With George and son somewhat misunderstanding the idea of mash-ups by putting part of one Beatles song on top of another Beatles song, let's have a check of what was going on in Christmas week when the dream died, or somesuch.
40 Racey - Runaround Sue
Note to all journalists and press release writers: doo-wop is not some people harmonising. Doo-wop in its traditional meaning is vocal-led, contains nonsense inflections designed to keep the melody moving and is performed by absolutely nobody these days. For example, The Marcels' version of Blue Room, Who Put The Bomp, In The Still Of The Night and this in its original Dion & The Belmonts form and certainly not when performed by these RAK pop-rockers.
39 Stephanie Mills - Never Knew Love Like This Before
Largely forgotten but briefly huge disco-soulster. Briefly married to one of Shalamar, which seems about right.
38 UB40 - The Earth Dies Screaming
Their third single, when they were a dub-inflected rhythm machine with political leanings as opposed to a wine bar version of reggae cover act.
37 Mike Berry - If I Could Only Make You Care
No idea what this is, so let's look further down the chart where we find the steadily climbing New Wave makeweights The Look's one hit I Am The Beat at 43, Visage's Fade To Grey beginning the long road up at 53, Stevie Wonder's ever popular on local BBC radio I Ain't Gonna Stand For It in at 55, imperial phase Elvis Costello peaking at 60 with the great Clubland and, erm, Jim Davidson doing White Christmas at 52.
36 Bad Manners - Lorraine
Endlessly entertaining skanking nutcases, Buster Bloodvessel famously dressing in a splitting at the seams Henry VIII costume to do this on Top Of The Pops. Never had a Madness-esque serious phase.
35 Diana Ross - I'm Coming Out
Inspired by Nile Rodgers seeing performing drag queens, and thus never going to be the most Buju Banton-friendly record ever made even if now tainted by Puffy'n'Biggie association.
34 Showaddywaddy - Blue Moon
Doo-Wop lesson two: there were enough of them, so they covered this, Who Put The Bomp *and* Runaround Sue. In fact they released a covers album just this year including I Love Rock 'n' Roll, 2-4-6-8 Motorway, Crazy Little Thing Called Love, Jeepster, See My Baby Jive, Tiger Feet, Jungle Rock, Mink Deville's Spanish Stroll, The Cars' My Best Friend's Girl, Canned Heat's Let's Work Together, the Jags' Back Of My Hand and Dave Edmunds' I Hear You Knocking. What the hell must those last five sound like?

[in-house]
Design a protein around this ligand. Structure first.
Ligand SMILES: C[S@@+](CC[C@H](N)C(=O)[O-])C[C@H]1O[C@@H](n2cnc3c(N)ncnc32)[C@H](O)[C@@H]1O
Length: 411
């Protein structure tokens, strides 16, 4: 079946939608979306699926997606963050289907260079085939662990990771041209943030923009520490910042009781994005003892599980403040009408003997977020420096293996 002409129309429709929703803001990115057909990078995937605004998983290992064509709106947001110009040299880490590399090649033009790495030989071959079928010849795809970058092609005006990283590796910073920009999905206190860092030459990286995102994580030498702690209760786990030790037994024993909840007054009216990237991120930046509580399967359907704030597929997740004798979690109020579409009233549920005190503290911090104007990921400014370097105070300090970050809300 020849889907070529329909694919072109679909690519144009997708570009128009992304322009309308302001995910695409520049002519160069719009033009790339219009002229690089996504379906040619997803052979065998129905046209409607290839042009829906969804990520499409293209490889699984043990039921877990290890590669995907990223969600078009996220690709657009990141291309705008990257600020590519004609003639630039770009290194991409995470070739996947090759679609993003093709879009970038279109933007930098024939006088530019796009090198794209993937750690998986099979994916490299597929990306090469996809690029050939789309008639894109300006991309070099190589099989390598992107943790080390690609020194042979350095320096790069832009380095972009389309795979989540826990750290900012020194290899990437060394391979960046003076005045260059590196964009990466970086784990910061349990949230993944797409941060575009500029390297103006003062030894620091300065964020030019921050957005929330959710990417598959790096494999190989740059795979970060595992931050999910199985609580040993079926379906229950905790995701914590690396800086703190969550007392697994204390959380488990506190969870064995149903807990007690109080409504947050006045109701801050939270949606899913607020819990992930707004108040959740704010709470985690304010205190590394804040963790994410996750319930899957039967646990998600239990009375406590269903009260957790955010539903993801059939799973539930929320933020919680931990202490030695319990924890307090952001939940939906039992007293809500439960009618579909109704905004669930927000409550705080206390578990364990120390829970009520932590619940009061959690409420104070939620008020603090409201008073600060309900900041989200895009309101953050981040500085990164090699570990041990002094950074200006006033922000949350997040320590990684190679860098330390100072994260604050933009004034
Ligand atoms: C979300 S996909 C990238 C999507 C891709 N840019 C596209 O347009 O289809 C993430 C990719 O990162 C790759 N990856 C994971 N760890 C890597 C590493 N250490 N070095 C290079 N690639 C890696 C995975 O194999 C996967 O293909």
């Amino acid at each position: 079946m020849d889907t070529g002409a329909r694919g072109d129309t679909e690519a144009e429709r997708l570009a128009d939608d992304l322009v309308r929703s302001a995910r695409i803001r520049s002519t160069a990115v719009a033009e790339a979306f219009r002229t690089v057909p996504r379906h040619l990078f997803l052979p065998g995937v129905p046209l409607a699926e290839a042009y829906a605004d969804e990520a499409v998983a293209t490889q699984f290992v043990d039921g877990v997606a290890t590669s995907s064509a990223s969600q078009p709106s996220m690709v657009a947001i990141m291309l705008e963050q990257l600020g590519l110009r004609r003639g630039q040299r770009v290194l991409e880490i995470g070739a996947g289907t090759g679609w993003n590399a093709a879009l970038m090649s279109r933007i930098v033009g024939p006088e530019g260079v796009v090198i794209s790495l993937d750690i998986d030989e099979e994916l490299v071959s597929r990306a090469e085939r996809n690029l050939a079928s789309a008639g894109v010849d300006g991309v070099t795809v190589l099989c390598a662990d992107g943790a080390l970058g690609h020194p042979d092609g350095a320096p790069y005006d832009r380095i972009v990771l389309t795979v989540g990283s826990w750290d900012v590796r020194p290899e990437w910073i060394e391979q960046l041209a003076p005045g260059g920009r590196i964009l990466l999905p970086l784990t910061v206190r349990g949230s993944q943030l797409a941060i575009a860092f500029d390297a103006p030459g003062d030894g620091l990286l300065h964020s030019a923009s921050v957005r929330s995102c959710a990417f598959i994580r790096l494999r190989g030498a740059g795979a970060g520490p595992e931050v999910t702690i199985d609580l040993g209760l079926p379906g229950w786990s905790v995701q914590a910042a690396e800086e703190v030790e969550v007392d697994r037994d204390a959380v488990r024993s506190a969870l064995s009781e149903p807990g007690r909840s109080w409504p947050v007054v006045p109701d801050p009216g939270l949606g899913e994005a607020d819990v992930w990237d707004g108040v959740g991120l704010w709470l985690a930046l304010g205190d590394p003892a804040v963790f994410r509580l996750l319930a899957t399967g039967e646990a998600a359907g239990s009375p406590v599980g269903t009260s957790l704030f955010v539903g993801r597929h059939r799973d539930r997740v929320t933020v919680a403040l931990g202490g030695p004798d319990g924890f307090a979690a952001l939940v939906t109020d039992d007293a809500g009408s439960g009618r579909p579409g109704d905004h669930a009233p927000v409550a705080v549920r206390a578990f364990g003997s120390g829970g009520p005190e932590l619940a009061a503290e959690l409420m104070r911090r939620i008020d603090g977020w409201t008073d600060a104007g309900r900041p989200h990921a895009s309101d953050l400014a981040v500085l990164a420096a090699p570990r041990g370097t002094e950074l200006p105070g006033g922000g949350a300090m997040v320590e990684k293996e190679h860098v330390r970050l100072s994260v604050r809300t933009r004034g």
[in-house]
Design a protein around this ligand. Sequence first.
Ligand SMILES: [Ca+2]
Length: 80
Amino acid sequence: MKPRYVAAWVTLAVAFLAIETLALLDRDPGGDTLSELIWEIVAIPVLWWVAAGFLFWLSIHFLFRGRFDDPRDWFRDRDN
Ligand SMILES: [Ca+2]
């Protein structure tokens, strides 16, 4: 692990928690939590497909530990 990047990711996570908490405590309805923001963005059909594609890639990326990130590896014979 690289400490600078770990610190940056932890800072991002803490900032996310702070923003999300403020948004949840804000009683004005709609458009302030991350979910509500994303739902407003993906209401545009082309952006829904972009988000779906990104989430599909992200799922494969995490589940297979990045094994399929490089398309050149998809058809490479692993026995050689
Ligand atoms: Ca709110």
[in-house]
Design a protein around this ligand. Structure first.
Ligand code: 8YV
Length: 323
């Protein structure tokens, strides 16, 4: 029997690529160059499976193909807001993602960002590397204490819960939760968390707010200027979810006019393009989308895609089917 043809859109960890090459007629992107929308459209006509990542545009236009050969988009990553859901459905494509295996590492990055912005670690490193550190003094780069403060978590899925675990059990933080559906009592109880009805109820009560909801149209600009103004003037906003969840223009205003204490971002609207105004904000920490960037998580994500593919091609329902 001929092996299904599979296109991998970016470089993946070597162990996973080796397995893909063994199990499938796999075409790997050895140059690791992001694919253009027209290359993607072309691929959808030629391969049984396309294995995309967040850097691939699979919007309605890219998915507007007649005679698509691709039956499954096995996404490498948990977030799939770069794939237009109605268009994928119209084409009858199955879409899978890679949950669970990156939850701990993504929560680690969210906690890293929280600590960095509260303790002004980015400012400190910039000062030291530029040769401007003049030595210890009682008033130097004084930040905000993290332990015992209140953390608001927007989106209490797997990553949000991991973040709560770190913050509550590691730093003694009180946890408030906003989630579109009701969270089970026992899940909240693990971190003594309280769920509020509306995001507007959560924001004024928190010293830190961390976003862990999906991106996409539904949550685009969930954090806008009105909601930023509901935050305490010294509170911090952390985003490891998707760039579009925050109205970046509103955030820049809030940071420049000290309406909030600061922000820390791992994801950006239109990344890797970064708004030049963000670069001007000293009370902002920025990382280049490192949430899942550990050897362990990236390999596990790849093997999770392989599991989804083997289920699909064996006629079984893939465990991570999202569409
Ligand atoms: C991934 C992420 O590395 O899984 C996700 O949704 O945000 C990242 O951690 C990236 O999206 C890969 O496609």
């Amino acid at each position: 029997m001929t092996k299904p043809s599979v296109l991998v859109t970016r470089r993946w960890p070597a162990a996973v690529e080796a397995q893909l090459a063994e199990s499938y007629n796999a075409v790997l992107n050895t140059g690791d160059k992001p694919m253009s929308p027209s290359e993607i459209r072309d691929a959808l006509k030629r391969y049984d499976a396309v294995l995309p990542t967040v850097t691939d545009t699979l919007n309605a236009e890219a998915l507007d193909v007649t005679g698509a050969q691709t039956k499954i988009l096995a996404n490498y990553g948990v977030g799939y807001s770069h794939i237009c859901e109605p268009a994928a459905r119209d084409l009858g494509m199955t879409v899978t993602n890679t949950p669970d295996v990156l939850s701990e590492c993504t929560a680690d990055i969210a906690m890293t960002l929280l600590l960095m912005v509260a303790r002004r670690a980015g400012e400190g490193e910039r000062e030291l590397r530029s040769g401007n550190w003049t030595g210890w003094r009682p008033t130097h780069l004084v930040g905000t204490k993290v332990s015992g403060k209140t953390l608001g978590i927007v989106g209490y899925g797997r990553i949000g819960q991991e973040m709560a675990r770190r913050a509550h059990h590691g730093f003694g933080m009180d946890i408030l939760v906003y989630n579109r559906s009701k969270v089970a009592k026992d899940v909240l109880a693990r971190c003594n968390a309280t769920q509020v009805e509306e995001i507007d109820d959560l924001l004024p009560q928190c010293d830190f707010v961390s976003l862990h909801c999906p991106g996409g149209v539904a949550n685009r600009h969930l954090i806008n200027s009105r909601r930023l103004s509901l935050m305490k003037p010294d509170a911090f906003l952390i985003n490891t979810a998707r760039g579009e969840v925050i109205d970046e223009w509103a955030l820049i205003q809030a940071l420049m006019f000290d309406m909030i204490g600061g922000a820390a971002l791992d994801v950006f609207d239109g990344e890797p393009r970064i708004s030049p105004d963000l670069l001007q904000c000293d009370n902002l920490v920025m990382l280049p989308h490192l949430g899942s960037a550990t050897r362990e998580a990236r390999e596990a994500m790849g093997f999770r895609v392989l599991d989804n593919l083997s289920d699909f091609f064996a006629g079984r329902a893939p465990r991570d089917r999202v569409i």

33 Robert Palmer - Looking For Clues
Deceased Batley soul man back when he was still tinily New Wave.
32 Kate Bush - December Will Be Magic Again
As has been pointed out this is in the expensive This Woman's Work box set as well as our Christmas covermount. Why just December, Kate? Is this a 'holidays are coming' precursor?
31 Nolans - Who's Gonna Rock You
Not you. Too easy, this, isn't it?
30 Dennis Waterman and the Dennis Waterman Band - I Could Be So Good For You
The themes to On The Up and New Tricks never got released as singles, by the way. Serviceable pub rock from man who, having previously slagged them off, gamely played along with the Little Britain routine in the recent charity version of the live show.
29 Mac Davis - It's Hard To Be Humble
Much requoted title of faux-AOR from otherwise unremarkable US singer-songwriter.
28 Gary Numan - This Wreckage
Not as rich in comedic possibility as it might seem as apparently he wasn't piloting the plane that crashed. He was an examiner for the Civil Aviation Authority at one point, though, which must have been the most daunting sight imaginable.
27 AC/DC - Rock'n'Roll Ain't Noise Pollution
Depends who's playing it at what level. We've never mentioned that the cover of If You Want Blood You've Got It actually gave us nightmares, have we?
26 Electric Light Orchestra - Don't Walk Away
Critical renaissance long underway, although this one's from their still marked Not To Be Touched Without Safety Equipment In Place Xanadu period.
25 Kool And The Gang - Celebration
Wedding reception DJs find their prayers answered. Kool was the bassist, lest we forget.
24 Specials Featuring Rico With The Ice Rink String Sounds - Do Nothing/Maggie's Farm
The Ice what, Jerry? Third single from More Specials and one penned by Lynval Golding, later to be performed on the first TOTP of 1981 with everyone in Christmas jumpers, backed by an in no way loaded Dylan cover.
23 The Beat - Too Nice To Talk To
Not on 2-Tone, although they did help out in the later AKA period, but it was all ska round here back then. Possibly the most forthrightly funky thing they ever did, complete with video set in a vinyl processing factory.
22 Barry Manilow - Lonely Together
Barry Manilow's Nose jokes now in the Where Are They Now file.
21 Eddy Grant - Do You Feel My Love
Equals opportunities! This was Eddy's second single and first top ten hit, paving the way for probably the first of the many Summers Of Reggae Revival. Still touring as well as producing and running a label, and indeed future Libertine/Dirty Pretty Thing Gary Powell was his drummer for a bit.
20 Blondie - The Tide Is High
Originally by The Paragons, as well you know. Lite reggae not the best use of the divine Debbie's vocal abilities, although it gave her another video outfit that skimped in the leg department.
19 Matchbox - Over The Rainbow/You Belong To Me